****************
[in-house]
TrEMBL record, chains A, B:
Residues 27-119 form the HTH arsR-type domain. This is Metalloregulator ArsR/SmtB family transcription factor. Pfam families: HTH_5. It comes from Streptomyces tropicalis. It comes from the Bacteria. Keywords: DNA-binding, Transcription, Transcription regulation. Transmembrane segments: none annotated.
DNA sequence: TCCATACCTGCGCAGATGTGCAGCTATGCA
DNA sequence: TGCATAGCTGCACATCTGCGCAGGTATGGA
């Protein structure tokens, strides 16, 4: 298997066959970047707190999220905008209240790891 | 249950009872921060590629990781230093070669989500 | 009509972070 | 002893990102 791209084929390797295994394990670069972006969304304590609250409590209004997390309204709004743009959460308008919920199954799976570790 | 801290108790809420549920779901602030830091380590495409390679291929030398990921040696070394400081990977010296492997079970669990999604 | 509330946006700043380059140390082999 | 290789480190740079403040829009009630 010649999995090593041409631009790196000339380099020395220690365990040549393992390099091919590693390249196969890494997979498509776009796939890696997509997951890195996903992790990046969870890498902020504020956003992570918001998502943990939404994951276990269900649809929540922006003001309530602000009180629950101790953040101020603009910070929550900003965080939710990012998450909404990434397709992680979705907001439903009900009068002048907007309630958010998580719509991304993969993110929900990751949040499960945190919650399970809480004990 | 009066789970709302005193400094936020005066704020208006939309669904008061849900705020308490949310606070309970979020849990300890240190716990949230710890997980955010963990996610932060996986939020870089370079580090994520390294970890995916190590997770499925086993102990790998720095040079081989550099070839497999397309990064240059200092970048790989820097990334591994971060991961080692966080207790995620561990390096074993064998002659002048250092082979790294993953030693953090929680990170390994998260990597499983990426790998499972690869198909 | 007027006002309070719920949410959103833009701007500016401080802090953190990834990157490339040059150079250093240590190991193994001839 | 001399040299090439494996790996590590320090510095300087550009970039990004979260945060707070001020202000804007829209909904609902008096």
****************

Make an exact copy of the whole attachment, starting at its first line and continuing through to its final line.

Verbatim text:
[in-house]
TrEMBL record, chains A, B:
Residues 27-119 form the HTH arsR-type domain. This is Metalloregulator ArsR/SmtB family transcription factor. Pfam families: HTH_5. It comes from Streptomyces tropicalis. It comes from the Bacteria. Keywords: DNA-binding, Transcription, Transcription regulation. Transmembrane segments: none annotated.
DNA sequence: TCCATACCTGCGCAGATGTGCAGCTATGCA
DNA sequence: TGCATAGCTGCACATCTGCGCAGGTATGGA
């Protein structure tokens, strides 16, 4: 298997066959970047707190999220905008209240790891 | 249950009872921060590629990781230093070669989500 | 009509972070 | 002893990102 791209084929390797295994394990670069972006969304304590609250409590209004997390309204709004743009959460308008919920199954799976570790 | 801290108790809420549920779901602030830091380590495409390679291929030398990921040696070394400081990977010296492997079970669990999604 | 509330946006700043380059140390082999 | 290789480190740079403040829009009630 010649999995090593041409631009790196000339380099020395220690365990040549393992390099091919590693390249196969890494997979498509776009796939890696997509997951890195996903992790990046969870890498902020504020956003992570918001998502943990939404994951276990269900649809929540922006003001309530602000009180629950101790953040101020603009910070929550900003965080939710990012998450909404990434397709992680979705907001439903009900009068002048907007309630958010998580719509991304993969993110929900990751949040499960945190919650399970809480004990 | 009066789970709302005193400094936020005066704020208006939309669904008061849900705020308490949310606070309970979020849990300890240190716990949230710890997980955010963990996610932060996986939020870089370079580090994520390294970890995916190590997770499925086993102990790998720095040079081989550099070839497999397309990064240059200092970048790989820097990334591994971060991961080692966080207790995620561990390096074993064998002659002048250092082979790294993953030693953090929680990170390994998260990597499983990426790998499972690869198909 | 007027006002309070719920949410959103833009701007500016401080802090953190990834990157490339040059150079250093240590190991193994001839 | 001399040299090439494996790996590590320090510095300087550009970039990004979260945060707070001020202000804007829209909904609902008096």